Yeah . . . a much-bigger-than-one-blog-post subject, right?


—Philip Athans

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In an effort to actually work through the exercises I’ve suggested for other authors, I tried a form of writing I haven’t practiced since I was a little kid and had no choice (read: no typewriter) and that’s writing by hand.

For years—decades actually—I’ve poopooed writing by hand as an affectation (you’re just trying to get it touch with your inner Shakespeare in some kind of dumbass Golden Age Thinking exercise in hipsteristic nonsense) or a waste of time (eventually you have to type it up or no one will be able to publish it, or will even be willing to read it for publication) and though the former may be true for some people, the latter can actually become a valuable part of the writing process.

Maybe it’s just because I’m getting on in years, but my interest in being any version of “hip” or “cool” or “trendy” or whatever variation on that might exist is so small I doubt science has provided us with a unit of measure to describe it. I’m nanohip, picocool . . . I don’t give a rat’s ass.

I use the best technological tools I can get my mitts on to do my job, working almost all the time on a computer. And when I do write by hand, it’s not on archival paper bound in a leather cover embossed with the Celtic cross, nor do I use a gold fountain pen or a goose quill.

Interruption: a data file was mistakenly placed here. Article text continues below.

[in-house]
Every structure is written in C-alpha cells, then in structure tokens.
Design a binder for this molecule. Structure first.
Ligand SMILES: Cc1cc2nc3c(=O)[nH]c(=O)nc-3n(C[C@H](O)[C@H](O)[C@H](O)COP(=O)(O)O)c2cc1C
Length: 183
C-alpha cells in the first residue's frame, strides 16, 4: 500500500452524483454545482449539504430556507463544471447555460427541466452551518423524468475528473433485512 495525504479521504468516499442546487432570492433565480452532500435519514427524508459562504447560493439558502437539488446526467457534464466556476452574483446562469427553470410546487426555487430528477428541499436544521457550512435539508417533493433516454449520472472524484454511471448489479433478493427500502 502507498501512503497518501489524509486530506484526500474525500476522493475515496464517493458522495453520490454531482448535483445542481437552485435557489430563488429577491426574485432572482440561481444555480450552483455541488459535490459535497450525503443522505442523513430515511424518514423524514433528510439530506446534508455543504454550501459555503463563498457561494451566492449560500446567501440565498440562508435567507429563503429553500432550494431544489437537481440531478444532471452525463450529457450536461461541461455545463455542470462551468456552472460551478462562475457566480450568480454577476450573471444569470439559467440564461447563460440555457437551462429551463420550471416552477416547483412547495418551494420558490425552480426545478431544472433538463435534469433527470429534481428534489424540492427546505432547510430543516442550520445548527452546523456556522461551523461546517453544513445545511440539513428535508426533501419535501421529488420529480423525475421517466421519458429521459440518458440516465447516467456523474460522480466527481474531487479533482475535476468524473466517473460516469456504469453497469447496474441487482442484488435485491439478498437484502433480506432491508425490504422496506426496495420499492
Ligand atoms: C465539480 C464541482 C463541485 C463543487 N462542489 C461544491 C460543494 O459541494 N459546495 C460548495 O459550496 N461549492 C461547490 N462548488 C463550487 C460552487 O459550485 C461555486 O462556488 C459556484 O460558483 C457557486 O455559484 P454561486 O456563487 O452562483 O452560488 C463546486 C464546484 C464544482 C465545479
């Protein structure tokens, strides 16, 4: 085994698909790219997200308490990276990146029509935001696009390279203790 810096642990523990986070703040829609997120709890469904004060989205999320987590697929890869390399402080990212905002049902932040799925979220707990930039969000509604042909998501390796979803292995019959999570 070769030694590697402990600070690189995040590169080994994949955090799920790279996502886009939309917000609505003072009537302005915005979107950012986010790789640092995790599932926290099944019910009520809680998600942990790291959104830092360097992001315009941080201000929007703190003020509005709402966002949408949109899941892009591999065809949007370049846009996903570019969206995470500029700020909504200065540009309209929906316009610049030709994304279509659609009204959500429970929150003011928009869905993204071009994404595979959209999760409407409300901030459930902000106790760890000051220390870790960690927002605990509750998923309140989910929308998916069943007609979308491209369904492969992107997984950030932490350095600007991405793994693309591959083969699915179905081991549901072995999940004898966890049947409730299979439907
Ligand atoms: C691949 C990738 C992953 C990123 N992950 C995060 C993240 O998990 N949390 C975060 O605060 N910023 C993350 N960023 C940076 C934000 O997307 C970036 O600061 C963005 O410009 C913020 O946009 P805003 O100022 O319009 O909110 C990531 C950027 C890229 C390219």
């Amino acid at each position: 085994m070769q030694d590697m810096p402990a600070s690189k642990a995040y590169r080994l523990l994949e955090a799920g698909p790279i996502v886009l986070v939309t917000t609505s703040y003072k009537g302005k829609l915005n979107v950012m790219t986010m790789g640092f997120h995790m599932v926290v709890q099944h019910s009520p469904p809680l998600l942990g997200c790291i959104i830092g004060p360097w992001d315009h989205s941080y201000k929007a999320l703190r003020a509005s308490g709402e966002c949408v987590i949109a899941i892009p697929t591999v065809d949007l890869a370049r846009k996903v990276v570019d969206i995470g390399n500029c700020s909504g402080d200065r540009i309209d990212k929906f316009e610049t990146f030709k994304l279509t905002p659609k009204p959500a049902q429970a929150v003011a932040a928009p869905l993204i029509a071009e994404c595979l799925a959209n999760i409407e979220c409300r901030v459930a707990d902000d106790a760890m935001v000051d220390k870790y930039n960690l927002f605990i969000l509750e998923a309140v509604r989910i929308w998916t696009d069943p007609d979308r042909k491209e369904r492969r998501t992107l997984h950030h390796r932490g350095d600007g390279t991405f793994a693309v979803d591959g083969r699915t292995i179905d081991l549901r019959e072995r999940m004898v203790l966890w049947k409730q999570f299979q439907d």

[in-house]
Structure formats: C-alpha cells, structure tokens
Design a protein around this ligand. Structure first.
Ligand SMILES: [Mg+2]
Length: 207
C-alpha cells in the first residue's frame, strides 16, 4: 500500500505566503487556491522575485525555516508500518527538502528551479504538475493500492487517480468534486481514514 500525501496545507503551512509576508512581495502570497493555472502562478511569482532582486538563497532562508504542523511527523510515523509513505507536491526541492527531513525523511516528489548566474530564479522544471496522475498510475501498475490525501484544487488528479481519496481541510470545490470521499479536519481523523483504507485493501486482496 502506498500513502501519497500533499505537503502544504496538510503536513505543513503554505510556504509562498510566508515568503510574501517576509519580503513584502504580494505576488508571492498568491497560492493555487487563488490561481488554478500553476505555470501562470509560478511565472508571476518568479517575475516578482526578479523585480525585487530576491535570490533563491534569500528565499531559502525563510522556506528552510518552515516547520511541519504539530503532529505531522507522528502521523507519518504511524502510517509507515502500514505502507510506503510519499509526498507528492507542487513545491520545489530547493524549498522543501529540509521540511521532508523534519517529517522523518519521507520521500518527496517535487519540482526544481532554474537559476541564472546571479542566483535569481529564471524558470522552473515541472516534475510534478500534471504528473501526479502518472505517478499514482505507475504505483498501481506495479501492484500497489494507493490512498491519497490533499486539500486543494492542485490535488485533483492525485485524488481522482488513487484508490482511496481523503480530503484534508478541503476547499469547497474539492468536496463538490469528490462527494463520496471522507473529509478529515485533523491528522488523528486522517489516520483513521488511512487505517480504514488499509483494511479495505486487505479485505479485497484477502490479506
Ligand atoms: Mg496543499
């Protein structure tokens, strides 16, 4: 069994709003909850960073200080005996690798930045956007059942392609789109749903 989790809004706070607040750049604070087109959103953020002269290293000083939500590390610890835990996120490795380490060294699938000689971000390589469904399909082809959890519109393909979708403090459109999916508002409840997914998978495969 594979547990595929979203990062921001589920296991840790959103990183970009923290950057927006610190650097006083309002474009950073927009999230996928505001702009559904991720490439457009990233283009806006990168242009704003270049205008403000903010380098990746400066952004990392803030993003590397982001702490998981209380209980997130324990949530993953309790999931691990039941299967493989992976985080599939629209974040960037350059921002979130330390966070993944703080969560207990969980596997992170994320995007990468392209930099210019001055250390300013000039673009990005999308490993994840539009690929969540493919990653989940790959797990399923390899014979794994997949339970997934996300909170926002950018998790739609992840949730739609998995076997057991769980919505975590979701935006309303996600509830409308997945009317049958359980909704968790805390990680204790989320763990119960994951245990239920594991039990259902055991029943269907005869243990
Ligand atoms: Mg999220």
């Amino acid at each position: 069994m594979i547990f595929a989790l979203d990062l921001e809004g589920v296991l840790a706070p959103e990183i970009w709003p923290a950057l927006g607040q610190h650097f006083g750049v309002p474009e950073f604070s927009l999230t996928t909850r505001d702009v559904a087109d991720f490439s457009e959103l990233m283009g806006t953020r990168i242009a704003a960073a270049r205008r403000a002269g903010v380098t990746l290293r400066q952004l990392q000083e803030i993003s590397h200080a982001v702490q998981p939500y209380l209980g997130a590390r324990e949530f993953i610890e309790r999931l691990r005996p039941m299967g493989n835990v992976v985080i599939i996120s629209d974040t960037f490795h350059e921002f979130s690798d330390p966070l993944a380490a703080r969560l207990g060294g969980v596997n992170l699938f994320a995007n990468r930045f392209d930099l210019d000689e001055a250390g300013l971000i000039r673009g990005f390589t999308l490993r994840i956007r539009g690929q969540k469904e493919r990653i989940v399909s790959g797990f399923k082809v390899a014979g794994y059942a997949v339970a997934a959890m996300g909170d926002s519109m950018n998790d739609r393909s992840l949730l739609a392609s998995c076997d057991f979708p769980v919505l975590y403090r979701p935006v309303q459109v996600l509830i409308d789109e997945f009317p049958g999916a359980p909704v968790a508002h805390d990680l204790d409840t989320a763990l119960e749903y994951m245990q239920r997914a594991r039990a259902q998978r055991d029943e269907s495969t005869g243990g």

I use the cheapest discount spiral notebooks or composition books I can find, purchased the week after school starts for a dramatic discount. Which reminds me, have you bought your writing supplies yet this year? The pens I buy in a plastic tub from Staples, and sometimes I use pens I took from hotel rooms or are other giveaways advertising whatever service—I don’t even know or care. If it works, I’m writing with it.

Fifty pens for twelve bucks! That’s less than a quarter each!

Fifty pens for twelve bucks! That’s less than a quarter each!

So you have to believe me, I’m not writing by hand so I can feel like a medieval monk or Abraham Lincoln, or whoever, whenever. I focus on the words, not the tools, and if you do that too you’ll find—much to the horror of your accountant, like mine—that writing may be the cheapest business on Earth to enter into and maintain.

So then what about this whole “waste of time” thing and retyping it?

Yes, eventually I have to retype all those words I’ve scrawled (literally—I try to go as fast as I can, not as neat as I can) into my 79¢ spiral notebook with my 24¢ pen. But that’s hardly a waste of time, in fact it’s my first editing pass.

I’m not just typing I’m making decisions about what I wrote—word choice, sentence structure, pacing . . . all that good stuff that takes you from rough draft to first draft. This isn’t just drudge work, or an added step, it’s a necessary part of the writing process.